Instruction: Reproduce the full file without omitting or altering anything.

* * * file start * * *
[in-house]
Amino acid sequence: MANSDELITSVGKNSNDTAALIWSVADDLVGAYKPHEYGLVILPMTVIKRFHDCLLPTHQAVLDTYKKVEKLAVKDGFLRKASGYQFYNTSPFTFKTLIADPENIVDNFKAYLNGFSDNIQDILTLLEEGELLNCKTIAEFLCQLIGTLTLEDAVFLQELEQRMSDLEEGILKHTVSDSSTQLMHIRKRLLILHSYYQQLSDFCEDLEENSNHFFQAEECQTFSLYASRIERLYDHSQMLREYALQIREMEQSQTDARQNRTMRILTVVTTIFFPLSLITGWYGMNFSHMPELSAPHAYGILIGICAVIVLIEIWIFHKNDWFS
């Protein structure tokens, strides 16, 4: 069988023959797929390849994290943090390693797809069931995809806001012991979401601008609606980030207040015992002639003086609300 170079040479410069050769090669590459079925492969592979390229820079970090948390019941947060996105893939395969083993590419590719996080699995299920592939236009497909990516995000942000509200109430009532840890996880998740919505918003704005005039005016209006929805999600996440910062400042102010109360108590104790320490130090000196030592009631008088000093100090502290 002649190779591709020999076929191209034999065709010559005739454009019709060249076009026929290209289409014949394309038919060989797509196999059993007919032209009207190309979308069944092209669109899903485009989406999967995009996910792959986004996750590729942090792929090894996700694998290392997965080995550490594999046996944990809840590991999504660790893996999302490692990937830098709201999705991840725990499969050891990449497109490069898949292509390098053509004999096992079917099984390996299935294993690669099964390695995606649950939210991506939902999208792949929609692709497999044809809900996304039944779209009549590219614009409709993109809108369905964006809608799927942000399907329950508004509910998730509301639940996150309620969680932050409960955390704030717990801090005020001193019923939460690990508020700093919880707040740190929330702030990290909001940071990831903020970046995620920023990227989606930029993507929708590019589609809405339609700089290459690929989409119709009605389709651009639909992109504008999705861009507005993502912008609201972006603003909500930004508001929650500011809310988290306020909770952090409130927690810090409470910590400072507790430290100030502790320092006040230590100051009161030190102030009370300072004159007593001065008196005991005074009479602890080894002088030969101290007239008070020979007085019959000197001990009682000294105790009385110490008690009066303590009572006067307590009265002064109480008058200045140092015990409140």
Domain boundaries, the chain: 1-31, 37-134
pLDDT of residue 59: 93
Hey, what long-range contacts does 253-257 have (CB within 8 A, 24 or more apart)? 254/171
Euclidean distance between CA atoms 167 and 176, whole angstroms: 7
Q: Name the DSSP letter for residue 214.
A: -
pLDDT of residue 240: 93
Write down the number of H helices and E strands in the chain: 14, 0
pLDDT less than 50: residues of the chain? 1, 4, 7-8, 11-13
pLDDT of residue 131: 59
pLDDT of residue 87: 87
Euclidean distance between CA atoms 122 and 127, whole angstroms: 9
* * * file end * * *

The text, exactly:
[in-house]
Amino acid sequence: MANSDELITSVGKNSNDTAALIWSVADDLVGAYKPHEYGLVILPMTVIKRFHDCLLPTHQAVLDTYKKVEKLAVKDGFLRKASGYQFYNTSPFTFKTLIADPENIVDNFKAYLNGFSDNIQDILTLLEEGELLNCKTIAEFLCQLIGTLTLEDAVFLQELEQRMSDLEEGILKHTVSDSSTQLMHIRKRLLILHSYYQQLSDFCEDLEENSNHFFQAEECQTFSLYASRIERLYDHSQMLREYALQIREMEQSQTDARQNRTMRILTVVTTIFFPLSLITGWYGMNFSHMPELSAPHAYGILIGICAVIVLIEIWIFHKNDWFS
């Protein structure tokens, strides 16, 4: 069988023959797929390849994290943090390693797809069931995809806001012991979401601008609606980030207040015992002639003086609300 170079040479410069050769090669590459079925492969592979390229820079970090948390019941947060996105893939395969083993590419590719996080699995299920592939236009497909990516995000942000509200109430009532840890996880998740919505918003704005005039005016209006929805999600996440910062400042102010109360108590104790320490130090000196030592009631008088000093100090502290 002649190779591709020999076929191209034999065709010559005739454009019709060249076009026929290209289409014949394309038919060989797509196999059993007919032209009207190309979308069944092209669109899903485009989406999967995009996910792959986004996750590729942090792929090894996700694998290392997965080995550490594999046996944990809840590991999504660790893996999302490692990937830098709201999705991840725990499969050891990449497109490069898949292509390098053509004999096992079917099984390996299935294993690669099964390695995606649950939210991506939902999208792949929609692709497999044809809900996304039944779209009549590219614009409709993109809108369905964006809608799927942000399907329950508004509910998730509301639940996150309620969680932050409960955390704030717990801090005020001193019923939460690990508020700093919880707040740190929330702030990290909001940071990831903020970046995620920023990227989606930029993507929708590019589609809405339609700089290459690929989409119709009605389709651009639909992109504008999705861009507005993502912008609201972006603003909500930004508001929650500011809310988290306020909770952090409130927690810090409470910590400072507790430290100030502790320092006040230590100051009161030190102030009370300072004159007593001065008196005991005074009479602890080894002088030969101290007239008070020979007085019959000197001990009682000294105790009385110490008690009066303590009572006067307590009265002064109480008058200045140092015990409140």
Domain boundaries, the chain: 1-31, 37-134
pLDDT of residue 59: 93
Hey, what long-range contacts does 253-257 have (CB within 8 A, 24 or more apart)? 254/171
Euclidean distance between CA atoms 167 and 176, whole angstroms: 7
Q: Name the DSSP letter for residue 214.
A: -
pLDDT of residue 240: 93
Write down the number of H helices and E strands in the chain: 14, 0
pLDDT less than 50: residues of the chain? 1, 4, 7-8, 11-13
pLDDT of residue 131: 59
pLDDT of residue 87: 87
Euclidean distance between CA atoms 122 and 127, whole angstroms: 9